Celebrate Thanksgiving With 17 Of The Best Feast Scenes In Film
Prepare for turkey day by tucking into 17 movies with memorable dinners.
Ah, Thanksgiving. A holiday devoted to eating absolutely lavish amounts of food with friends or family (or completely by yourself this year, given the current pandemic situation). But while gorging yourself on autumnal favorites sounds like a dream in theory--and don't get us wrong, sometimes in practice, it really, really is--it can also be an absolute nightmare. From family drama to cooking mishaps, the art of the Thanksgiving feast is a deeply precarious one where the risk sometimes greatly outweighs the reward.
Thanksgiving also happens to be the odd man out in terms of winter holiday pop culture. Between Halloween and Christmas, there are movies aplenty to watch and celebrate with, but Thanksgiving has exactly two real classics: Addams Family Values and Planes Trains and Automobiles. This means you might find yourself hard pressed for entertainment to really set the mood for turkey day. So we broadened the net a little and decided to loosen up our definition of what, exactly, makes for good Thanksgiving entertainment.
The answer is food, of course--and lots of it, for better or for worse.
So with that in mind, we've rounded up some of the absolute best (or most horrific, funniest, most wholesome--you name it) feast scenes in film to represent the entire spectrum of possible Thanksgiving emotions. Absolutely dreading spending time with relatives? There's a movie for that. Really looking to have a fantastic and cheerful time despite it all? There's a movie for that too. Here are 17 of the best feast scenes around to really get you in the mood to chow down.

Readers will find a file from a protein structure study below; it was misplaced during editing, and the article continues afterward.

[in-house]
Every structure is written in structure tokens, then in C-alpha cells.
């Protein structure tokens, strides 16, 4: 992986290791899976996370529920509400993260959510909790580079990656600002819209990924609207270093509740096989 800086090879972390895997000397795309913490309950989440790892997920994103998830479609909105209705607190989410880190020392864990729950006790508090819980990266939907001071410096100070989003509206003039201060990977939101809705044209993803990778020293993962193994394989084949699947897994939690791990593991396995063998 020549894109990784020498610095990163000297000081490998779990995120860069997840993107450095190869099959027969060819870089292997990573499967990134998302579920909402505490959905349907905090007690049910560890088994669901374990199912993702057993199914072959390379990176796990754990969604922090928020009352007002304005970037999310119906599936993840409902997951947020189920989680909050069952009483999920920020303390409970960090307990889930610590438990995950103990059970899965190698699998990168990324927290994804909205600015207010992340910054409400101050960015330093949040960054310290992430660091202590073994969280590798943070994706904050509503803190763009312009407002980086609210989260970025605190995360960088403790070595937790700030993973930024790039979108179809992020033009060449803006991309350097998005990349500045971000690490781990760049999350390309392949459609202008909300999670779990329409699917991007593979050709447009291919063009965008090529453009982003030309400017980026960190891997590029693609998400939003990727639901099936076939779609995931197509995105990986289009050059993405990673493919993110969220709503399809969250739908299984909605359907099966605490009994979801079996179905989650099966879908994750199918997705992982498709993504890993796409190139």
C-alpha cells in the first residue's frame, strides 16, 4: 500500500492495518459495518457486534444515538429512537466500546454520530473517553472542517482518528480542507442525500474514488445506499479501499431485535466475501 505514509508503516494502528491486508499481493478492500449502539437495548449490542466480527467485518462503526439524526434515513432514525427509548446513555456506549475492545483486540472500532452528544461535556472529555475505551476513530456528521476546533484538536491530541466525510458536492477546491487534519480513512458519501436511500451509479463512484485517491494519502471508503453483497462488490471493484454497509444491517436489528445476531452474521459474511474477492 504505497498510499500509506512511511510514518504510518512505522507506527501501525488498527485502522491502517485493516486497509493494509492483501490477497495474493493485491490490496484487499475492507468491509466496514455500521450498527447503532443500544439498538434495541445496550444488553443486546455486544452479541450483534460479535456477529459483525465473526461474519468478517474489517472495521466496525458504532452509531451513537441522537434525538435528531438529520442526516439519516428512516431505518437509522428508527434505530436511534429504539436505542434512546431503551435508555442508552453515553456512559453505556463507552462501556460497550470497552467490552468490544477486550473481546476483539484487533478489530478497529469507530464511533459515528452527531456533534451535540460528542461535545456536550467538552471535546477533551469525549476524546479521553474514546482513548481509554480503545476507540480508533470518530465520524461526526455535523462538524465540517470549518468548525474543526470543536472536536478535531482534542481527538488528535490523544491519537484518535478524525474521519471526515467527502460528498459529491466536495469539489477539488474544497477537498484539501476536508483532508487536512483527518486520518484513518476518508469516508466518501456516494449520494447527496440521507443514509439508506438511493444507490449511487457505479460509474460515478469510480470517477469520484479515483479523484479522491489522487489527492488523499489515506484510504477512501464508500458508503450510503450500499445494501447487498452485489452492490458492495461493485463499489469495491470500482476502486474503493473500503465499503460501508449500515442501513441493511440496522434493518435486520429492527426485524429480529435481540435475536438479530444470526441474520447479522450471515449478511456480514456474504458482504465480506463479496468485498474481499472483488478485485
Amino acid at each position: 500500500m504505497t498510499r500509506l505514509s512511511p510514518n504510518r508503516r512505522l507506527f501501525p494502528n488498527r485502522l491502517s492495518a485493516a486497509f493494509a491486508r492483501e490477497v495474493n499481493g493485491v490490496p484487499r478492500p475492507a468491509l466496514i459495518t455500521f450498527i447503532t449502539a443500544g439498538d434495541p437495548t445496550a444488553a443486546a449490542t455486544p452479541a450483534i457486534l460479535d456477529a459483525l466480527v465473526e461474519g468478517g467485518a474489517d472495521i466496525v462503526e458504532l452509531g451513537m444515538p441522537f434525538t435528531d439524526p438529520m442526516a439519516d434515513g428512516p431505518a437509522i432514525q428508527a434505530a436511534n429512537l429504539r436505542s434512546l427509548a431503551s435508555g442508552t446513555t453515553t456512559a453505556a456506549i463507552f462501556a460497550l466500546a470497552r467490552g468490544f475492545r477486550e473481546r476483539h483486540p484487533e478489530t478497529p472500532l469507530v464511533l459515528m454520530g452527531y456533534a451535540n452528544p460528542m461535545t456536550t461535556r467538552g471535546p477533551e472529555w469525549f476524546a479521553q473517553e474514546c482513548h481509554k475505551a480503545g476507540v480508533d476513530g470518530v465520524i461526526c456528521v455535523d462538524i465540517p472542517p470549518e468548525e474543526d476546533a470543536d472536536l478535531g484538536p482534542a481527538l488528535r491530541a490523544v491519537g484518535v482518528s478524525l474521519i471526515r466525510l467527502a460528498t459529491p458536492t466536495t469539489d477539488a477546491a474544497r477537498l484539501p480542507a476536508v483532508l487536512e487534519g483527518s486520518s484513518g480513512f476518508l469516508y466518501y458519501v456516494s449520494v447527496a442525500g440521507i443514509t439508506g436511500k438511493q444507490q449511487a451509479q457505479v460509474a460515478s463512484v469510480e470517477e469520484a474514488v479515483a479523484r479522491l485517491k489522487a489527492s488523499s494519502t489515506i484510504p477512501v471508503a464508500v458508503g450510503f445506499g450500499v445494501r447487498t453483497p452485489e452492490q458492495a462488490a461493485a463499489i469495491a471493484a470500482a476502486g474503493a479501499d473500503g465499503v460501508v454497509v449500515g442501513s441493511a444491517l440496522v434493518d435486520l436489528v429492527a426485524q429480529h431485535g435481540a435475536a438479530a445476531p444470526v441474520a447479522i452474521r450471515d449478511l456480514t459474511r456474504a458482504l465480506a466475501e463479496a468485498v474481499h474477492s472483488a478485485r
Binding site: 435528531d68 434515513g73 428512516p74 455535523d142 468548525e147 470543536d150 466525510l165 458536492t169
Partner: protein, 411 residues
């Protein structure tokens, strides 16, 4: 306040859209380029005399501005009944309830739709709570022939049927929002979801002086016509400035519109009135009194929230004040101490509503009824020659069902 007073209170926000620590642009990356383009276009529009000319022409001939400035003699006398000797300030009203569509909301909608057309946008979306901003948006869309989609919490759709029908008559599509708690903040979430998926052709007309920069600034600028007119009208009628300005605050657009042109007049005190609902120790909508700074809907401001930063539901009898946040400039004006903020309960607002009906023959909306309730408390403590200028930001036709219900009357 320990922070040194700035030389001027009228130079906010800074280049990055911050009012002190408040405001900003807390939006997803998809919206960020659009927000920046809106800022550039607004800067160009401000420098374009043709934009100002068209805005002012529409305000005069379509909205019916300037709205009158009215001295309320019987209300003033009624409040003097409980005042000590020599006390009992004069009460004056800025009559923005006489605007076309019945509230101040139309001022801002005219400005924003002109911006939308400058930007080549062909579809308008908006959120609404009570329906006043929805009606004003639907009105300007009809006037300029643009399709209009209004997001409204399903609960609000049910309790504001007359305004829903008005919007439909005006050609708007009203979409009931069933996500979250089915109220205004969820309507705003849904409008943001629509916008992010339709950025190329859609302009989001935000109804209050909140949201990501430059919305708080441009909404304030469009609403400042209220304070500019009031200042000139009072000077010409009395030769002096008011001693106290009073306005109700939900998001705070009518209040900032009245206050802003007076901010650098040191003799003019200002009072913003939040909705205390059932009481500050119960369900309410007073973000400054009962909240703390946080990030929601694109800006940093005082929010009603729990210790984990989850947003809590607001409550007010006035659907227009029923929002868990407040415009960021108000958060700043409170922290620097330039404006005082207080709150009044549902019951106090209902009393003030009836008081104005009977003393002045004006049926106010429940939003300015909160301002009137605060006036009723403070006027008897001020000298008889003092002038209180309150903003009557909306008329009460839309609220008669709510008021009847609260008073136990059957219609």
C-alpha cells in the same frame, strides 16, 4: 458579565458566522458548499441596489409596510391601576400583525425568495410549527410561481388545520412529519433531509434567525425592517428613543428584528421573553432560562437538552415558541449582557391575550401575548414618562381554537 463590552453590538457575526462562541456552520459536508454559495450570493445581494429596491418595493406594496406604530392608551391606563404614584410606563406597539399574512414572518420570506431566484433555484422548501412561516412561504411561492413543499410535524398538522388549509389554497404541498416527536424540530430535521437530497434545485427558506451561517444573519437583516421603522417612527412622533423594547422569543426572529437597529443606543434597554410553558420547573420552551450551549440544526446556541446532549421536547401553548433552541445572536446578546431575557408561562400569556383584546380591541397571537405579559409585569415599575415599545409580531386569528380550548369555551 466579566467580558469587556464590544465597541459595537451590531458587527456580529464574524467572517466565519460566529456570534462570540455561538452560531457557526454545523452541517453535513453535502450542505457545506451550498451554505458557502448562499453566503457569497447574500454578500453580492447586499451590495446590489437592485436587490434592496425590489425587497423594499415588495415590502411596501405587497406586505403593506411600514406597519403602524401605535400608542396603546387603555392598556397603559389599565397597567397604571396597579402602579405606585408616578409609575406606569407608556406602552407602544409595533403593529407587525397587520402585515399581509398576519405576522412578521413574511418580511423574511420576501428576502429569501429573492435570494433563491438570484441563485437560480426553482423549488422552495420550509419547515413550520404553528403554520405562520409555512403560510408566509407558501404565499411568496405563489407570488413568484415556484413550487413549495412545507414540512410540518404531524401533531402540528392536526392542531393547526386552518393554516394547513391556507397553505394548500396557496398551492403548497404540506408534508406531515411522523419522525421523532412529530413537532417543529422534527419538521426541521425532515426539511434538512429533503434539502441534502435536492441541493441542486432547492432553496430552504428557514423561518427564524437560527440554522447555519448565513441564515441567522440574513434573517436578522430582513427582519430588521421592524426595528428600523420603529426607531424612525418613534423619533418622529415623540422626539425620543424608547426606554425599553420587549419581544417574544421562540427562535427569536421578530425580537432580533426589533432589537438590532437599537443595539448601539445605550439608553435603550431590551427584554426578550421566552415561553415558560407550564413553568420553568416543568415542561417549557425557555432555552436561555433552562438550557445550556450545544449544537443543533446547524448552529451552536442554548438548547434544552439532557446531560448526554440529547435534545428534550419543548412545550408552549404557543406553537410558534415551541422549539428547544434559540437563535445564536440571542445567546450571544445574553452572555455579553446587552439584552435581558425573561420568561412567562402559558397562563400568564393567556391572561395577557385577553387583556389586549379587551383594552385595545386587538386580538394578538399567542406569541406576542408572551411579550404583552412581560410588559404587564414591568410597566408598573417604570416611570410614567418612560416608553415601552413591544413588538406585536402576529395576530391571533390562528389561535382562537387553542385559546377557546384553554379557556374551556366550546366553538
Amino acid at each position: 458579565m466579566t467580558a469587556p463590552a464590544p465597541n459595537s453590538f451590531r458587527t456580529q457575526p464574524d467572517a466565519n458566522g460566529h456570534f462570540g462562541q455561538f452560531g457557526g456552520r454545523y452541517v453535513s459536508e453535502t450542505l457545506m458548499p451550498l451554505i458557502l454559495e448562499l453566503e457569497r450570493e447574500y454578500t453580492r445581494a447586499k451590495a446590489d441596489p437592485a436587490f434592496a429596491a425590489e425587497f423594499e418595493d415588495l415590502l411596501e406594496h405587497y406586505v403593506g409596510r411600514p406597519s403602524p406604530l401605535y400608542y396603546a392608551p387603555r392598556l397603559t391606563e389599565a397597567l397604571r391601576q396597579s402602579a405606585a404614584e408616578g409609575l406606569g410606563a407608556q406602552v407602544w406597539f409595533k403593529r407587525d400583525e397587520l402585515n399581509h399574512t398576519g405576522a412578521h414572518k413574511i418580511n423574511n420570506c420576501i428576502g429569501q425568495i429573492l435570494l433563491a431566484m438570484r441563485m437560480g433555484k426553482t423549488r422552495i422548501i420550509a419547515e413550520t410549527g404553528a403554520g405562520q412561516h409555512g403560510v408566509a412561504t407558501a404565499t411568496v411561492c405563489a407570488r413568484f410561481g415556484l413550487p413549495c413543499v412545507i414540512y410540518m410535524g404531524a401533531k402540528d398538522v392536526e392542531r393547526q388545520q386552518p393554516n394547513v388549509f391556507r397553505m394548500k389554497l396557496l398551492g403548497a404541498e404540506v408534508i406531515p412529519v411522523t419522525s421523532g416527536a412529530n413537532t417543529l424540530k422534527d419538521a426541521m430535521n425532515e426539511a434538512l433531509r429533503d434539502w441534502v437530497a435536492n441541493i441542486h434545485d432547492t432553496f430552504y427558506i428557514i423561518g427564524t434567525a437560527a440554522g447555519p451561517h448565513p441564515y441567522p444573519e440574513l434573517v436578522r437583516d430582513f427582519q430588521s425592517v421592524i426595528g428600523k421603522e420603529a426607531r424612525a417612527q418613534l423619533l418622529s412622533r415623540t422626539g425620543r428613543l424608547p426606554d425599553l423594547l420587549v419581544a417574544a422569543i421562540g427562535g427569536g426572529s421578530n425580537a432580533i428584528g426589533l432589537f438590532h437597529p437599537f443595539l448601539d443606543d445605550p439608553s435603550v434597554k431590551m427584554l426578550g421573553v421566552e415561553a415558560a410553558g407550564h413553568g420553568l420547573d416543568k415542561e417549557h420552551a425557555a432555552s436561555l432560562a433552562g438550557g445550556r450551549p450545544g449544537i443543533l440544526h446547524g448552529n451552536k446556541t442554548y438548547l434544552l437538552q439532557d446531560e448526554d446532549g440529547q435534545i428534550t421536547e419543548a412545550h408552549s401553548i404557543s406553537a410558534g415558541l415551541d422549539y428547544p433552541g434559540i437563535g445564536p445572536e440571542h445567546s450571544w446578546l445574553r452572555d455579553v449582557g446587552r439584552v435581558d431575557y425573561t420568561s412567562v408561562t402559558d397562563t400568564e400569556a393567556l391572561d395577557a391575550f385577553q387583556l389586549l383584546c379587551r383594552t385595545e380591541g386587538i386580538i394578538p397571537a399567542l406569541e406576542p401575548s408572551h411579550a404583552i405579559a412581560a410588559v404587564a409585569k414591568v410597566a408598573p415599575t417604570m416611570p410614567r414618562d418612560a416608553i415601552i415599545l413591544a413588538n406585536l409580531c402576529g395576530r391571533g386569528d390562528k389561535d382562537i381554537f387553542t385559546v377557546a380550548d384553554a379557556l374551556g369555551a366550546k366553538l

1. The Avengers
Okay, so this one doesn't exactly feature a big family dinner in the actual movie itself, but we'd be totally remiss to not include the infamous Shawarma stinger. It remains one of the funniest post-credits scenes the MCU's ever pulled off and, hey, sometimes a family can be the vaguely antagonistic superheroes you fought off aliens with, right?
2. Texas Chainsaw Massacre
Not all dinners are made equal. The infamous, horrific dinner scene is a motif that gets repeated in multiple iterations of the Texas Chainsaw franchise, but the first pulled it off the best--or worst, depending on your definition. Hopefully your real-life Thanksgiving doesn't feel like this, but, well, if it does? Solidarity.
3. Fantastic Mr. Fox
Fantastic Mr. Fox is a movie about a lot of things--funny woodland creatures playing made up sports, real estate, search and rescue parties, weird distant relatives, you name it. But it's also a movie about food, specifically about stealing it and chowing down with absolute abandon.
4. Spirited Away
Studio Ghibli movies are famous for their decadent, otherworldly animation of the most ridiculously tasty looking cartoon food around and Spirited Away might have some of the best examples--just, you know, be careful what you start drooling after. Too much of it might turn you into a very literal pig.
This dinner scene features a three-point combo of perfection: an absolutely iconic soundtrack (Harry Belafonte's Day-O), insufferable people getting their comeuppance via ghost possession, and extremely creepy looking shrimp-hands. You absolutely cannot beat it. If you're going to have a bad time this holiday season, we sincerely hope your family time turns out more like this than, say, Texas Chainsaw.
6. Pan's Labyrinth
Alright, this one might be cheating--technically there's no "family" to be found here (if anything Pan's Labyrinth is kind of about losing family, if you really think about it) but there's still a feast. You just might want to be careful about actually eating anything on this particular table.
Who doesn't love a good food fight? If the dinner in Pan's Labyrinth is imaginary for both tragic and evil purposes, the imaginary dinner in Hook is the exact opposite. The food may be completely made up--but everything in Neverland is. That doesn't make it any less tangible. And, hey, it may not look the most appetizing but at least it works really, really well as an impromptu weapon.